Botetourt County is a United States county that lies in the Roanoke Region of the Commonwealth of Virginia. Located in the mountainous portion of the state, the county is bordered by two major ranges, the Blue Ridge Mountains and the Appalachian Mountains.
Botetourt County was created in 1770 from part of Augusta County, and was named for Norborne Berkeley, known as Lord Botetourt. Like Augusta County, Botetourt was originally a huge area; part of its land was later removed to form the entire state of Kentucky.
Botetourt County is part of the Roanoke Virginia Metropolitan Statistical Area, and the county seat is the town of Fincastle. As of the 2010 census, the county population was 33,148. The area has seen growth in recent decades, with the population increasing more than thirty percent since the 1990 census.
First proposed in the House of Burgesses in 1767, Botetourt County was created in 1770 from Augusta County. The county is named for Norborne Berkeley, Baron de Botetourt, more commonly known as Lord Botetourt (1718–1770), who was a popular governor of the Virginia Colony from 1768 to 1770, when he died suddenly while in office.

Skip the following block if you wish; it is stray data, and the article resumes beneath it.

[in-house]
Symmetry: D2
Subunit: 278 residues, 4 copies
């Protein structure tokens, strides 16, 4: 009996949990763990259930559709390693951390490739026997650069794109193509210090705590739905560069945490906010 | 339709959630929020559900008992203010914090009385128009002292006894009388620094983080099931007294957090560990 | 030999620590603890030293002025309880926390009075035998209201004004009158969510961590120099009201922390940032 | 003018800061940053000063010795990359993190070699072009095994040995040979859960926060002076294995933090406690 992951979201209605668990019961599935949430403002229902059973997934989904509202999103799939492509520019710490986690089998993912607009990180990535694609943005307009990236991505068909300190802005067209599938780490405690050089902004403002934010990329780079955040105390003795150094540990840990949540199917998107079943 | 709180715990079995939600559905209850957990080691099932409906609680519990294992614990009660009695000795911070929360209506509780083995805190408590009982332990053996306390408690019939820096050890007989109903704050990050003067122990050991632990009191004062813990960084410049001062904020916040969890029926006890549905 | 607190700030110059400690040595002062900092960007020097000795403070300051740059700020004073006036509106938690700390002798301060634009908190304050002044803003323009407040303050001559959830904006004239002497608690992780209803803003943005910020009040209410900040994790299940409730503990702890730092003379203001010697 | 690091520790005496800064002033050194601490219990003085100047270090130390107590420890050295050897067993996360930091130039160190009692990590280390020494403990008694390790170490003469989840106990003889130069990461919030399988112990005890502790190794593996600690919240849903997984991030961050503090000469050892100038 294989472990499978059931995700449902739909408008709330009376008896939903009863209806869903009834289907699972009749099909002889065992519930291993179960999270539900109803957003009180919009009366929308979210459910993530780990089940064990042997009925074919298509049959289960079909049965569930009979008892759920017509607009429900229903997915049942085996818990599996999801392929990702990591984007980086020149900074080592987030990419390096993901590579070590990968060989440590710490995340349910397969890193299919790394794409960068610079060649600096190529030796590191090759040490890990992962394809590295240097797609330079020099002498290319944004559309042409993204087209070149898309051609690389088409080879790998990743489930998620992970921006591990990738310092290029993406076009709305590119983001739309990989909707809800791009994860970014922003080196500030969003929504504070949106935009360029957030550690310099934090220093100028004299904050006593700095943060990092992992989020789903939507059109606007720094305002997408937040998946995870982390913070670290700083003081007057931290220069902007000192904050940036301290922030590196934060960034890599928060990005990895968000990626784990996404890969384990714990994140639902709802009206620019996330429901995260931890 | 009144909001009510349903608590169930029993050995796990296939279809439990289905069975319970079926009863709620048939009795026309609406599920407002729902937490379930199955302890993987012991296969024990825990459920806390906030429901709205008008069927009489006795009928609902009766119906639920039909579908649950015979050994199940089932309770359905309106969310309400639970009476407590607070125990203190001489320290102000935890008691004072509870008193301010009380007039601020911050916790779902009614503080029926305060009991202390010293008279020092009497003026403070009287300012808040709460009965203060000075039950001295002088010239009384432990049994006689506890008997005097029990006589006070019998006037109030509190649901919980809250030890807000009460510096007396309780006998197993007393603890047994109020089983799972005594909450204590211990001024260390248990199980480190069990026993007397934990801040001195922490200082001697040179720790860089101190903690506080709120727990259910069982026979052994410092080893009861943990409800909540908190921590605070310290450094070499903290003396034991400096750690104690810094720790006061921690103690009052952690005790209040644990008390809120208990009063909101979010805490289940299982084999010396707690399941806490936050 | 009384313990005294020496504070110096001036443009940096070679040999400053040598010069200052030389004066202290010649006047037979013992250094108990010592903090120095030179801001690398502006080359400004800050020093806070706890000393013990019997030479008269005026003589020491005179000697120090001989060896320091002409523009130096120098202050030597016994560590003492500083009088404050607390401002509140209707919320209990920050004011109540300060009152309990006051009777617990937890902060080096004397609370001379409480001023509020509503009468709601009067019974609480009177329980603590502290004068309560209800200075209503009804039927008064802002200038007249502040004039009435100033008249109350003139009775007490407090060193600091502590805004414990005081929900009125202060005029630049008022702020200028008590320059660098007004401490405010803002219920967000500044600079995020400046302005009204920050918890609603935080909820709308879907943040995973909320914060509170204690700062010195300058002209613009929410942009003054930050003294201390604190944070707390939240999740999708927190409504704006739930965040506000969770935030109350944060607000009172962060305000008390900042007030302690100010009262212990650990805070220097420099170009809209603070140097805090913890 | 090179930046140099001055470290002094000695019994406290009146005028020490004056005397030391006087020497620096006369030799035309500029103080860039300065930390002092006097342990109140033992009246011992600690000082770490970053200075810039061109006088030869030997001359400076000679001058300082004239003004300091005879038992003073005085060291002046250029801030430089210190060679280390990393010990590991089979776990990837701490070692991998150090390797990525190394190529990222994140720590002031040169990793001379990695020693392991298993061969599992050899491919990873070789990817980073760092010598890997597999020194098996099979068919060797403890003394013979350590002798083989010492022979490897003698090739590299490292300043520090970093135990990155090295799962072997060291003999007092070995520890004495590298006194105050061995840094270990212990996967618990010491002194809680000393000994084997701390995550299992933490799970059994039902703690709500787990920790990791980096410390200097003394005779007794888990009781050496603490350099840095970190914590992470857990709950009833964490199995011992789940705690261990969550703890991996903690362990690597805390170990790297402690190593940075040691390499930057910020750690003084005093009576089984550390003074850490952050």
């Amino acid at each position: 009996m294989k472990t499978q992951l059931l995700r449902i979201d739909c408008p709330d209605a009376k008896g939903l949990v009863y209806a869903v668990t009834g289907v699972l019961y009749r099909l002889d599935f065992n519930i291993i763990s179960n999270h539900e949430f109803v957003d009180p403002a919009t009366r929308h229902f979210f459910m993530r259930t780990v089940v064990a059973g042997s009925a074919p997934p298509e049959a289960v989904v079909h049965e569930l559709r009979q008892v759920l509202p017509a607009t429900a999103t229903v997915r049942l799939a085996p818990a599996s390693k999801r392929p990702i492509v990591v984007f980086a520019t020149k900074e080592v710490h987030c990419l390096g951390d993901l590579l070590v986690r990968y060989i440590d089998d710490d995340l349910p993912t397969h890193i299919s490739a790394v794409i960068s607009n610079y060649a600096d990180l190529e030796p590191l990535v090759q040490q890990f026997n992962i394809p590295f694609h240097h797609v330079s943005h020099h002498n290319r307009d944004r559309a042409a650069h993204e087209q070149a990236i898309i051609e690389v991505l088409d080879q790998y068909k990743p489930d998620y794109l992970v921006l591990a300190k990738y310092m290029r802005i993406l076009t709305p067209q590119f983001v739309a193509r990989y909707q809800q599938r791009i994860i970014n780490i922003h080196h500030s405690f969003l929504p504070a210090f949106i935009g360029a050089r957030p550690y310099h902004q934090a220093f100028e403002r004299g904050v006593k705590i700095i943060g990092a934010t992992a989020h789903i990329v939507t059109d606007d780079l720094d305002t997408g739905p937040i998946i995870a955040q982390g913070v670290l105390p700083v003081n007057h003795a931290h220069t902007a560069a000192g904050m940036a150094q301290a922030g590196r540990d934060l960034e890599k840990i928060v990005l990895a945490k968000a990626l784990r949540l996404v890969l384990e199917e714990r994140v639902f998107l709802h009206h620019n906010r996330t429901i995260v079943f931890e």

In the 1770s, when Virginia claimed most of the Northwest Territory which would later form all or part of six states, the land was initially divided between Botetourt and Augusta Counties. The territory that would eventually become the state of Kentucky was quickly removed from Botetourt, however, and became Fincastle County in 1772 and then Kentucky County in 1776.
Botetourt County is a part of the Roanoke Metropolitan Statistical Area, and the southern parts of the county have become increasingly suburban in recent decades. Much of the area's former farmland and orchards have been developed into residential subdivisions and businesses.
Note: Botetourt's 1860 census boundaries were essentially the same as those of 1890-1990. See also note 22.
Evolution of the County
Following its creation in 1770 until the establishment of its final boundaries in 1851, Botetourt county was repeatedly subdivided into successively finer polities. The evolution of these polities is presented at Rootsweb, and is based on Source:Doran, 1987